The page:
Not only is socialism a failed economic model, but it is also an attack against God. No longer are people encouraged to look to the Lord for their salvation; rather, they are told that God cannot help you, but government can. Without a doubt, government has its place, and we should all hope for righteous leaders who will act justly. However, we must guard ourselves from developing a governmental dependency. This risk is just as great for the rich as it is for the poor. Whenever we expect government to ensure outcomes instead of simply guaranteeing opportunities, we have replaced God and become dependents of the state, whether we are rich or poor.

So what is the solution? In my opinion no one speaks more eloquently and biblically on these issues than Father Robert Sirico, cofounder and president of the Acton Institute, and Dr. John Perkins, founder of the Christian Community Development Association. Both men have a profound understanding of the gospel and how the Christian worldview can produce economic shalom among the poor. Father Sirico is noted for his view that those who truly care about economic justice for the poor must ask themselves what type of economy would best help the poor. A bad economy will always produce bad results, especially for the financially powerless. In Sirico’s opinion, Christian capitalism has proven to be the most effective means for helping ensure financial freedom for all. He states, “Capitalism offers wide ownership of property, fair and equal rules for all, strict adherence to the rule of ownership, opportunities for charity, and the wise use of resources.” 4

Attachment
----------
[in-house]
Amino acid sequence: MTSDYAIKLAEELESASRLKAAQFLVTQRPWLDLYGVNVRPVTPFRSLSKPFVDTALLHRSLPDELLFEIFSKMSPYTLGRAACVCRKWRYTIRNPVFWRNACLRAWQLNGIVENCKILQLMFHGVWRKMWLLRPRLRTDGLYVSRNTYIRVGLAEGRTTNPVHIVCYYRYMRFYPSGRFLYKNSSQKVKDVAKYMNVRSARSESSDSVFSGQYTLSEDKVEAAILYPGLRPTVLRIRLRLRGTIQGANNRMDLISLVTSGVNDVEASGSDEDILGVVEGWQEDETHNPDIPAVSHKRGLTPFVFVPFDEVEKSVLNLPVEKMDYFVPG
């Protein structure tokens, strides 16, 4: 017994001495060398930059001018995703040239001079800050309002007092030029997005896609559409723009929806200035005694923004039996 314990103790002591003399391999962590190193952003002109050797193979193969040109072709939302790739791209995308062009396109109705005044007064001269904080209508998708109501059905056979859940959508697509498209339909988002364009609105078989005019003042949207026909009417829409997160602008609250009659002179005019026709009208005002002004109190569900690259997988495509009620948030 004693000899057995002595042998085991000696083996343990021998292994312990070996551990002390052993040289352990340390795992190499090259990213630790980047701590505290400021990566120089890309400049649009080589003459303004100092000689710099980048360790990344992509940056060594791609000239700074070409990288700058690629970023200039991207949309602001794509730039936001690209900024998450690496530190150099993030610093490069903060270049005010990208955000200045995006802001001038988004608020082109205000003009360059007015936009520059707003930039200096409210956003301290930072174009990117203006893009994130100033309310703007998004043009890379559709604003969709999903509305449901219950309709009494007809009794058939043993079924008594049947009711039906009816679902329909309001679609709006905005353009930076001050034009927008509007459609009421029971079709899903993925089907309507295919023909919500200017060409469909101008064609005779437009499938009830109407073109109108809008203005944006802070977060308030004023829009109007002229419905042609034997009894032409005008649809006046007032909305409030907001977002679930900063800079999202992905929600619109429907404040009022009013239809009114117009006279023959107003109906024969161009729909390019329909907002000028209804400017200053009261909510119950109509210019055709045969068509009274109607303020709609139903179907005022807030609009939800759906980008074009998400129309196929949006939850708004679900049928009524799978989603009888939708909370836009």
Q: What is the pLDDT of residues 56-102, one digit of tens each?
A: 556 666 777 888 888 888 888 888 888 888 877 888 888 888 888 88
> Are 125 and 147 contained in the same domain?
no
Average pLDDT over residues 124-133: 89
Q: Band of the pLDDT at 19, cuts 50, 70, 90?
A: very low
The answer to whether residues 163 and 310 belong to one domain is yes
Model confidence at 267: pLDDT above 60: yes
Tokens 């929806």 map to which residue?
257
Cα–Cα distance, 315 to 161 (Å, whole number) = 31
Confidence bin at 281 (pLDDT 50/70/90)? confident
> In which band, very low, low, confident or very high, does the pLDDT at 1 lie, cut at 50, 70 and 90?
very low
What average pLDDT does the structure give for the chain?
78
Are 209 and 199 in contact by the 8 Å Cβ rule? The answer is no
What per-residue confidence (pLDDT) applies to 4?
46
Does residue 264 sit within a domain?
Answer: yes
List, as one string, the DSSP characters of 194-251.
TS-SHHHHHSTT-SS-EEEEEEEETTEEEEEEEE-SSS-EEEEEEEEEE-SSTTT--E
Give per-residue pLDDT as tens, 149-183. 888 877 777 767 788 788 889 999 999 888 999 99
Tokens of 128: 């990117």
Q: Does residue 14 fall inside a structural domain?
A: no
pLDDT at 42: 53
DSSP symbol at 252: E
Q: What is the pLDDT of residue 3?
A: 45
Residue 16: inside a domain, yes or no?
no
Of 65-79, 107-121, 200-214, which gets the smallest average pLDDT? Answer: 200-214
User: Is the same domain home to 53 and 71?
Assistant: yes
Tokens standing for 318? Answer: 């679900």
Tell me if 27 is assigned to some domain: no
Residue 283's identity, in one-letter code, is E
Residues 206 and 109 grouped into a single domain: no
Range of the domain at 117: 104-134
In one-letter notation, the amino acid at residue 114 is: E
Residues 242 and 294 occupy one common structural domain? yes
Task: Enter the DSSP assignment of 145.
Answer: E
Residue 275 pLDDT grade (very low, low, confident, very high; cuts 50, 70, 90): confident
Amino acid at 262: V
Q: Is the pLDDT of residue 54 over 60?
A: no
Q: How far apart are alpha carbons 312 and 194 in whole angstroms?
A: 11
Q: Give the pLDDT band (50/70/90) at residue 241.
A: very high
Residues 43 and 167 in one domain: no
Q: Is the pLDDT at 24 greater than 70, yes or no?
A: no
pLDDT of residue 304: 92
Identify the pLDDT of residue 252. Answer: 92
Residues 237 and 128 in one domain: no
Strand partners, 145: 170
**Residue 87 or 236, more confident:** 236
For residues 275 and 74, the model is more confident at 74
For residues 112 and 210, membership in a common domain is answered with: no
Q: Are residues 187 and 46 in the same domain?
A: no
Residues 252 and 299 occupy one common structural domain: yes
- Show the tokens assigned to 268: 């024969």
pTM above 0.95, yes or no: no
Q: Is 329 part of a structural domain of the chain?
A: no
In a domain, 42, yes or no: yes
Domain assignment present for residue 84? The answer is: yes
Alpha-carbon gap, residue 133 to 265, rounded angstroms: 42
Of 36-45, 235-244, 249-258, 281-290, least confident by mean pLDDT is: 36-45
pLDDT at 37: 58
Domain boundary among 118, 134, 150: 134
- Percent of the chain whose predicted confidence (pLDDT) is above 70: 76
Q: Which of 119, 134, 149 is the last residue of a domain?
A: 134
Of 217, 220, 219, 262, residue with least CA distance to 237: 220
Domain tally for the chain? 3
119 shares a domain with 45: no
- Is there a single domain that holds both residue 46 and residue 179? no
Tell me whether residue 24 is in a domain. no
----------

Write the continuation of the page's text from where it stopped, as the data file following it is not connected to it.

To some this may sound naively optimistic, but Father Sirico spells out and explains his philosophy of the virtues of a market-based economic approach in his book Defending the Free Market: The Moral Case for a Free Economy. The underpinnings of his view on what makes an economy just and good is a right cosmology. Our cosmology is our belief on how the world has been created and the practical principles that should impact the way we live as a result of these beliefs. For Father Sirico, cosmology begins with the fact that an all-powerful and all-good God who has created the universe has also made man with intrinsic dignity and in His image. Therefore, a moral economy is built upon two pillars: first, cultivating humanity’s dependence upon God as creator and sustainer; second, a moral economy, which preserves a person’s intrinsic dignity by ensuring equality of opportunity, not equal outcomes.